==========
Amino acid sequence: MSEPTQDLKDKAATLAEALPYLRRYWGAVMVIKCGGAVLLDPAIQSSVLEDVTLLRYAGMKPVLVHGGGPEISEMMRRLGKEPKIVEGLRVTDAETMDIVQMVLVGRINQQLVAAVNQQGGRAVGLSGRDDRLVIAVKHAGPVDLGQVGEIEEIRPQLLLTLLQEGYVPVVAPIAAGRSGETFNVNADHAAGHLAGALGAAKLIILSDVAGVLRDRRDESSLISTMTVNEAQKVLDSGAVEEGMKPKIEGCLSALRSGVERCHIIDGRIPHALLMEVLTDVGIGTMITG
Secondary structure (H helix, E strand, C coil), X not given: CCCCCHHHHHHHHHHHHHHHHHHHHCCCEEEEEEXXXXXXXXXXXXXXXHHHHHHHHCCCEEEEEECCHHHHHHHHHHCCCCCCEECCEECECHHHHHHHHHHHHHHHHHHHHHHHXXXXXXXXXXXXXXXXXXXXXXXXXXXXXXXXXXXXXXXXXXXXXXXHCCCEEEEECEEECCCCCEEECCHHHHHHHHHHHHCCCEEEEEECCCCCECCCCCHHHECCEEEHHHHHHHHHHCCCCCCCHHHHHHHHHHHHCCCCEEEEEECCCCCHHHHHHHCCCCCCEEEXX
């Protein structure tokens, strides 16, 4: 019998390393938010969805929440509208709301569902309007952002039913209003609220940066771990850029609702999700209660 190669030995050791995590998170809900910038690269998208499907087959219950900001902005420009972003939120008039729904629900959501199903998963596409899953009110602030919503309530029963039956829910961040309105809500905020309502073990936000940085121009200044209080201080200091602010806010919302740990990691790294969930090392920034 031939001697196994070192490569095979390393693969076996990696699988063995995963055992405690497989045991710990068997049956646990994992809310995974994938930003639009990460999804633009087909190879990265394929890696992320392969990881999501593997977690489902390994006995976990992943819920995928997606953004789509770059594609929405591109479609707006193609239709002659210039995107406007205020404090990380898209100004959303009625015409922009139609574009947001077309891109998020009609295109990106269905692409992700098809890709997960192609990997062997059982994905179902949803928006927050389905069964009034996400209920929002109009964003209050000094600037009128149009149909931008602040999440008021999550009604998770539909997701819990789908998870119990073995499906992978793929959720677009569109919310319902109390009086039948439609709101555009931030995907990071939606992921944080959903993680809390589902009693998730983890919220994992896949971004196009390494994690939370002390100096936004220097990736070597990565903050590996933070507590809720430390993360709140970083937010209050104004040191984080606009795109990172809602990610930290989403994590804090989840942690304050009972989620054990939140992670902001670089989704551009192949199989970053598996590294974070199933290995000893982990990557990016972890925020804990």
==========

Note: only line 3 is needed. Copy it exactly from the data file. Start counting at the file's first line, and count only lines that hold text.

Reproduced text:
């Protein structure tokens, strides 16, 4: 019998390393938010969805929440509208709301569902309007952002039913209003609220940066771990850029609702999700209660 190669030995050791995590998170809900910038690269998208499907087959219950900001902005420009972003939120008039729904629900959501199903998963596409899953009110602030919503309530029963039956829910961040309105809500905020309502073990936000940085121009200044209080201080200091602010806010919302740990990691790294969930090392920034 031939001697196994070192490569095979390393693969076996990696699988063995995963055992405690497989045991710990068997049956646990994992809310995974994938930003639009990460999804633009087909190879990265394929890696992320392969990881999501593997977690489902390994006995976990992943819920995928997606953004789509770059594609929405591109479609707006193609239709002659210039995107406007205020404090990380898209100004959303009625015409922009139609574009947001077309891109998020009609295109990106269905692409992700098809890709997960192609990997062997059982994905179902949803928006927050389905069964009034996400209920929002109009964003209050000094600037009128149009149909931008602040999440008021999550009604998770539909997701819990789908998870119990073995499906992978793929959720677009569109919310319902109390009086039948439609709101555009931030995907990071939606992921944080959903993680809390589902009693998730983890919220994992896949971004196009390494994690939370002390100096936004220097990736070597990565903050590996933070507590809720430390993360709140970083937010209050104004040191984080606009795109990172809602990610930290989403994590804090989840942690304050009972989620054990939140992670902001670089989704551009192949199989970053598996590294974070199933290995000893982990990557990016972890925020804990």